The gathering of data related to indicator groups is also important to identifying environmental justice populations. Indicator can include limited English proficient (LEP) and/or English as a second language (ESOL) populations, disabled populations, transit dependent populations and children among others.
Environmental Justice Impact Assessment and Analysis
Once, the environmental justice populations have been identified then the impact assessment and analysis step can begin. Largely and exercise based on the practitioners experience and understanding of the project or program this step is critical to understanding the various positive and adverse effects based on environmental, social and financial factors. While practitioners are not required to be experts in all subject areas it is important to review published reports, maps and policy that have documented project or program impacts. Using these general impacts as the baseline then potential effects to environmental justice populations can be assessed. To analyze these impacts to determine disproportionate effect determinations practitioners should create maps to illustrate effects, conduct field studies and consult with other professionals that may be knowledgeable in specific areas to glean information concerning specific technical effects. Effects can be direct, indirect or cumulative. They also include non-environmental factors such as funding, user access and policy based decisions. The Community Impact Assessment books by FHWA or the "Purple Books" as commonly referred to by transportation professionals are useful. These books assist in assessing impacts for the general population and are often helpful in apply those principles to environmental justice populations to quantify and qualify effects, these are of course in addition to regulatory or accepted industry analysis methods used to quantify effects.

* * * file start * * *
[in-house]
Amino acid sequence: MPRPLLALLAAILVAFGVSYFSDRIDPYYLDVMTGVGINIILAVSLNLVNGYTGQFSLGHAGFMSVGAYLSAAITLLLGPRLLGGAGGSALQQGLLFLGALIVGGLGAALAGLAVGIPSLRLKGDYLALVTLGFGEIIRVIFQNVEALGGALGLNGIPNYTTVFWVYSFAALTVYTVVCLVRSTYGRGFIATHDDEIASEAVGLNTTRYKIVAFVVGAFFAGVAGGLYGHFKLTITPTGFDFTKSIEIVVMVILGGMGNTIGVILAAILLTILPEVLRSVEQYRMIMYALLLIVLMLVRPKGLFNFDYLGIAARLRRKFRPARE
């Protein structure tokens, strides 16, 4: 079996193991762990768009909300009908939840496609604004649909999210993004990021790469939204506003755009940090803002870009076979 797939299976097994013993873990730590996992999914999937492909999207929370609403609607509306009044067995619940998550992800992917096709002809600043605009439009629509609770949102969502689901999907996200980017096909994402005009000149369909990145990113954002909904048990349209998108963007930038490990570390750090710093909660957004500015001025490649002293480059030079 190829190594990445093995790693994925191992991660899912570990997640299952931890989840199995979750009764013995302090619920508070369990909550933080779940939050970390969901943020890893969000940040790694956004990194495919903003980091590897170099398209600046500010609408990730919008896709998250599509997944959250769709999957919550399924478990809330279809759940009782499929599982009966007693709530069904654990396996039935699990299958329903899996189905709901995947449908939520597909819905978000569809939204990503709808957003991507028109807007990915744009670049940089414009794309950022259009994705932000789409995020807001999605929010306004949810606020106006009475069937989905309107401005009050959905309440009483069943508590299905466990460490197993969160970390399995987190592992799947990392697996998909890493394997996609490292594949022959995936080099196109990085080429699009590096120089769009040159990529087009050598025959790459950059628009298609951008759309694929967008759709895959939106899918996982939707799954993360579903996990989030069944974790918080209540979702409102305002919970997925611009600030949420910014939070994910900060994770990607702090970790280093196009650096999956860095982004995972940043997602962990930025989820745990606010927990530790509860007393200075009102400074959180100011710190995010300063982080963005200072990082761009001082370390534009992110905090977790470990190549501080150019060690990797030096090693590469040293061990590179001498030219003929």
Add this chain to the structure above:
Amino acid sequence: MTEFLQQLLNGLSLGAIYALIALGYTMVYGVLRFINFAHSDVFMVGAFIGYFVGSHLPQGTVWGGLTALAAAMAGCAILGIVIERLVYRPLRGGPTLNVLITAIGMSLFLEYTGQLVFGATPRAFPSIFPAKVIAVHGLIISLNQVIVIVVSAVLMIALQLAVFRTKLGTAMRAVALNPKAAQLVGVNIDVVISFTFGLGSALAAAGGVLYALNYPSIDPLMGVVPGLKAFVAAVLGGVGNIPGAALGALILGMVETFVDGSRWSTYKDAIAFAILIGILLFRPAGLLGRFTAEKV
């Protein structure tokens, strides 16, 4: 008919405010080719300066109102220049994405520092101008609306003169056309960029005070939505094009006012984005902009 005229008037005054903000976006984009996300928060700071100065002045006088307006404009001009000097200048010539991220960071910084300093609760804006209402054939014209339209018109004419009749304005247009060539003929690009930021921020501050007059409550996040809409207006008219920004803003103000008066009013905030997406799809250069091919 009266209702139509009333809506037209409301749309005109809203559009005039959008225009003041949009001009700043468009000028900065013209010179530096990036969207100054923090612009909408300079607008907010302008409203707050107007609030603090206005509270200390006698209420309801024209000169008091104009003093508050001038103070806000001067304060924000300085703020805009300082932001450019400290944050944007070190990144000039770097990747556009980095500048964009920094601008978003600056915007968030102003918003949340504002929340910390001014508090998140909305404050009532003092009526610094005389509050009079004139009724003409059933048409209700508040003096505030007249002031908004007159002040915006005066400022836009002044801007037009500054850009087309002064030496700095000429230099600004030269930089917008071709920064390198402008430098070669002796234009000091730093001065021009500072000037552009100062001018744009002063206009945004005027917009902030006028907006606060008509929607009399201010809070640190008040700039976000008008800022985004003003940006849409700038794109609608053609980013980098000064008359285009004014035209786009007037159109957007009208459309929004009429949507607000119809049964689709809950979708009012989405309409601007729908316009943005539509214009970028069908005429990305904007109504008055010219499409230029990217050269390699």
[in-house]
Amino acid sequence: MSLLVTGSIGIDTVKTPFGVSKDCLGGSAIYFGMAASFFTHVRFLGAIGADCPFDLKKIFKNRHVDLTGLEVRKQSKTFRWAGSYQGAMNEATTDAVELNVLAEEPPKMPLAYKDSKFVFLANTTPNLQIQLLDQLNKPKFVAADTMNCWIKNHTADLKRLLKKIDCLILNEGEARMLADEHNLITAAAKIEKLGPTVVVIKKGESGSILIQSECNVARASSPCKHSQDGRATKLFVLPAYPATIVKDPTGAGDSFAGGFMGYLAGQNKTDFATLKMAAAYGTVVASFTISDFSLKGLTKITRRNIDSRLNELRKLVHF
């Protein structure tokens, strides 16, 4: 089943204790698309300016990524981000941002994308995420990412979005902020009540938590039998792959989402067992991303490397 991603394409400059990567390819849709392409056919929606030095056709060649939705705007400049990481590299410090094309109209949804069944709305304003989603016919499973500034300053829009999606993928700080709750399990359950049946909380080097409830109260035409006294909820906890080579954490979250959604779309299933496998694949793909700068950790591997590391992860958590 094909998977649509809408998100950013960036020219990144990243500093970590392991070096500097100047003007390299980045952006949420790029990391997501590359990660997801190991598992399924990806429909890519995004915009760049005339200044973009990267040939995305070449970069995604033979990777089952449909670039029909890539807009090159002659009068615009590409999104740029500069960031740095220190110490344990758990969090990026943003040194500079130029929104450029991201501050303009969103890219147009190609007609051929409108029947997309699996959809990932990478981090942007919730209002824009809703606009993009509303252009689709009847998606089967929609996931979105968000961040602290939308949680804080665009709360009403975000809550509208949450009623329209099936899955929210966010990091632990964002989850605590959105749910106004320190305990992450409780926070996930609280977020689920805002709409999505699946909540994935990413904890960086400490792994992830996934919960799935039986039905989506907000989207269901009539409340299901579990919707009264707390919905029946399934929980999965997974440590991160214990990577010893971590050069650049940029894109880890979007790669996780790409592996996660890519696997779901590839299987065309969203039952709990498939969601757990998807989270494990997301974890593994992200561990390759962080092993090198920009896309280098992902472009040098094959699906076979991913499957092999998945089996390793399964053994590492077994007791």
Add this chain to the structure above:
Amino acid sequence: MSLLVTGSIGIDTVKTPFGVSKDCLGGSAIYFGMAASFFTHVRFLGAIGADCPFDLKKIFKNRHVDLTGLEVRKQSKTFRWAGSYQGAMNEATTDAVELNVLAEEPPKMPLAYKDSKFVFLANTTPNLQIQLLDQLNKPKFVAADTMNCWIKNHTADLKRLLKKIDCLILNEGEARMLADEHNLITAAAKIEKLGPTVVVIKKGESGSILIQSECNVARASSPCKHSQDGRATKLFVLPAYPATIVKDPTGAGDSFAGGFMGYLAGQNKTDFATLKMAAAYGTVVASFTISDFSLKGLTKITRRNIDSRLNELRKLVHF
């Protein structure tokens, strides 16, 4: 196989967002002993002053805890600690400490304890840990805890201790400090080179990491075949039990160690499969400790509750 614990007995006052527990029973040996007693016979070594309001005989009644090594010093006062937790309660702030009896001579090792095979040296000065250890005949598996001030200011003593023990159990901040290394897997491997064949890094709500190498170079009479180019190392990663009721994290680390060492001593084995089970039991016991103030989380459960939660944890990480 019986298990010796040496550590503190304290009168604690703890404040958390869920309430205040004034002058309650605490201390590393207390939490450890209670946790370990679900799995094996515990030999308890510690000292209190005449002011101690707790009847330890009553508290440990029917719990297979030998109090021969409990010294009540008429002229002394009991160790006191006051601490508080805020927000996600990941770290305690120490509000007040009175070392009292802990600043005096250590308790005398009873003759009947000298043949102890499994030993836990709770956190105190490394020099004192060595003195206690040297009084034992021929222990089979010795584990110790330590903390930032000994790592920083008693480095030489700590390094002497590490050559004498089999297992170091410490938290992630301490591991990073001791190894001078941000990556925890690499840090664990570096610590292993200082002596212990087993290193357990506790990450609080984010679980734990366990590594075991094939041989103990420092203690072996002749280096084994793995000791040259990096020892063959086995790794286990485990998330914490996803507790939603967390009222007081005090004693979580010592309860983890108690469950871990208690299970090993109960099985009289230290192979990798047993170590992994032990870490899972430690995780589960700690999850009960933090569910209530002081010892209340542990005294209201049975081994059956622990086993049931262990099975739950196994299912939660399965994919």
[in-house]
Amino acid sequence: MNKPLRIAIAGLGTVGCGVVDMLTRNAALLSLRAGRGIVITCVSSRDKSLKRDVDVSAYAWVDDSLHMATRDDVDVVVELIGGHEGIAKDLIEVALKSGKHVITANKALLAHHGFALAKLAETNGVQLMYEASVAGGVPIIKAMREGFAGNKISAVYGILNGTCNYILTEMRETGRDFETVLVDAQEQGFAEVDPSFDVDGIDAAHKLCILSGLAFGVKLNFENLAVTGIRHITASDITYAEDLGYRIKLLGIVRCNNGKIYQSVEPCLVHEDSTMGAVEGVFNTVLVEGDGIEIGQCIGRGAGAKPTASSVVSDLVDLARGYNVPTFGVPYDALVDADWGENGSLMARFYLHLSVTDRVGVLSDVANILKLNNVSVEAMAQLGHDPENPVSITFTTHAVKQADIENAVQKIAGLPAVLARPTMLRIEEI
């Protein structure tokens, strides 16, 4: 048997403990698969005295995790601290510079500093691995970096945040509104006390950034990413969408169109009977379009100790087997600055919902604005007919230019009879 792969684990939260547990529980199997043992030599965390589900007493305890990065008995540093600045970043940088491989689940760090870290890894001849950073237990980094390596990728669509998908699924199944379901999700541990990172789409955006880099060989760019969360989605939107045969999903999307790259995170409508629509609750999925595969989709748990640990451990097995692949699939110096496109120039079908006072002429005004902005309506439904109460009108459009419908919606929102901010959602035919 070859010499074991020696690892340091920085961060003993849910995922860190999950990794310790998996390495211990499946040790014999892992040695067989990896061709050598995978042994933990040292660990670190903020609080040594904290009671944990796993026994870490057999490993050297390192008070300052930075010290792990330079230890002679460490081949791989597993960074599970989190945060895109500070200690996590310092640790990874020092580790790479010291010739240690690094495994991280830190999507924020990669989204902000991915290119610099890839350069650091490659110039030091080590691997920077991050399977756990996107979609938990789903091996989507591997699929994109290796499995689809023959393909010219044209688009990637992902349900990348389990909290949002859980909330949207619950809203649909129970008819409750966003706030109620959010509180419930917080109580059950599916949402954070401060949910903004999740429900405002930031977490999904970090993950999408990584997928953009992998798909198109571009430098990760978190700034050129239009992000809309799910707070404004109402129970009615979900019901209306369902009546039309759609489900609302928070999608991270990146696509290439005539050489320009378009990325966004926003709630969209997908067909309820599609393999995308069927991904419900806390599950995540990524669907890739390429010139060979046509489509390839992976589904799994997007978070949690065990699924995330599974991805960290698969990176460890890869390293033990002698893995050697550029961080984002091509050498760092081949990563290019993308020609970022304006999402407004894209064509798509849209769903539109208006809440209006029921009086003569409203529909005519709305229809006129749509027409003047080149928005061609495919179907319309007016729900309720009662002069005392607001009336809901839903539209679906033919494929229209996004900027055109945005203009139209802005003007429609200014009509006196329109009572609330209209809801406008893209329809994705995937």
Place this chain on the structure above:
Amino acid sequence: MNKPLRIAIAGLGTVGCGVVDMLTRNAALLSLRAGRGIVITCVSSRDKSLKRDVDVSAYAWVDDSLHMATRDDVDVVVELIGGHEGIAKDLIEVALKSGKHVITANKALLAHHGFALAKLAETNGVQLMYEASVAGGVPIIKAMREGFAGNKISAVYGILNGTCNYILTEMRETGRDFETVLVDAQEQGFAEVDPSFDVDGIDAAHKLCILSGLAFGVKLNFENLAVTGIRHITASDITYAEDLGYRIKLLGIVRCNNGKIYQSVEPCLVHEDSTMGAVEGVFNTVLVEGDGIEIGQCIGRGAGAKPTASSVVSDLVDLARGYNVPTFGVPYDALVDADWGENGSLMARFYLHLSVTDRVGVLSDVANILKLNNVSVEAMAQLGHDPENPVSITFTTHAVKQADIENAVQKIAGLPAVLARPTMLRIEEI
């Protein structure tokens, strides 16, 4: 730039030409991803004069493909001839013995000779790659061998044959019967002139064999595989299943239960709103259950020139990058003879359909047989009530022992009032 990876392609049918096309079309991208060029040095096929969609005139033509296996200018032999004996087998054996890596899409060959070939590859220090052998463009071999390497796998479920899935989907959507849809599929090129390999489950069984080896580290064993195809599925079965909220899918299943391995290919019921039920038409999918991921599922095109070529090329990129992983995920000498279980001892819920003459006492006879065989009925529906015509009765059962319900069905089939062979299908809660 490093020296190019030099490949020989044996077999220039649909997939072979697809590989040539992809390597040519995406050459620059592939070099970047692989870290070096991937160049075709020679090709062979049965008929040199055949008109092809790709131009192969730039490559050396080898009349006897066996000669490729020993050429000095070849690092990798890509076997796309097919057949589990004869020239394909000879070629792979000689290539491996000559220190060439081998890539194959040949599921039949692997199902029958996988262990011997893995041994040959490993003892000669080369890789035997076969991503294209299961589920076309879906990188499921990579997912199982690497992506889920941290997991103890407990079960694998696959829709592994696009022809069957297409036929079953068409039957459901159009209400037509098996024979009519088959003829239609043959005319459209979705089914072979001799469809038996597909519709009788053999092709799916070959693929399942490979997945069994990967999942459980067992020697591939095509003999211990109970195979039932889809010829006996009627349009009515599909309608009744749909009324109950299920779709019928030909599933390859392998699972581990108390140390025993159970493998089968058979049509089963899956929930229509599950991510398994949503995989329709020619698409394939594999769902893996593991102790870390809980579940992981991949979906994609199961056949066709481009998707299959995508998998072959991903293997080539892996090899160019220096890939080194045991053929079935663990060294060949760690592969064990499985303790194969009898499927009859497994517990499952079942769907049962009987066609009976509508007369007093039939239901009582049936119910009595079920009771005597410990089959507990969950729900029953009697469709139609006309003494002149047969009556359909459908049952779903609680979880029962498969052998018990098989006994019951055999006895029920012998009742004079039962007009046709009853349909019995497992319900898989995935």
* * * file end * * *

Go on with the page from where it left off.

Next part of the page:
While there is no instruction booklet on "what" constitutes a disproportionate high and adverse effect as series of questions and guidebooks are helpful. Samples of these leading questions are as follows:
It is important to note that the identification of a disproportionately high and adverse effect on environmental justice populations does not preclude a project from moving forward. Steps to avoid, minimize and mitigate direct or indirect impacts and effects may often provide a solid case for a project moving forward. Community involvement and participation in the process often leads to mutual benefits.
Public Involvement and Outreach
While public involvement and outreach programs to engage environmental justice populations is primarily what people remember it is part of the analytical process. Depending on project complexity and size the goal of "providing opportunities to engage and inform" can be quite difficult. Outreach to low-income and minority communities is often a science all of its own. A variety of common tools and techniques utilized for general public involvement programs may be appropriate however, considerations should be made to make the extra effort to truly meet and surpass the requirements. Steps should include the following:
While no one method as become accepted as an industry standard. Many practitioners use a combination of methods during all aspects of the environmental justice assessment and analysis or public involvement program, taking care that their approach is tailored to a particular project and is comparable to its scale and that of the area in which the effects may occur.
Related External Resources: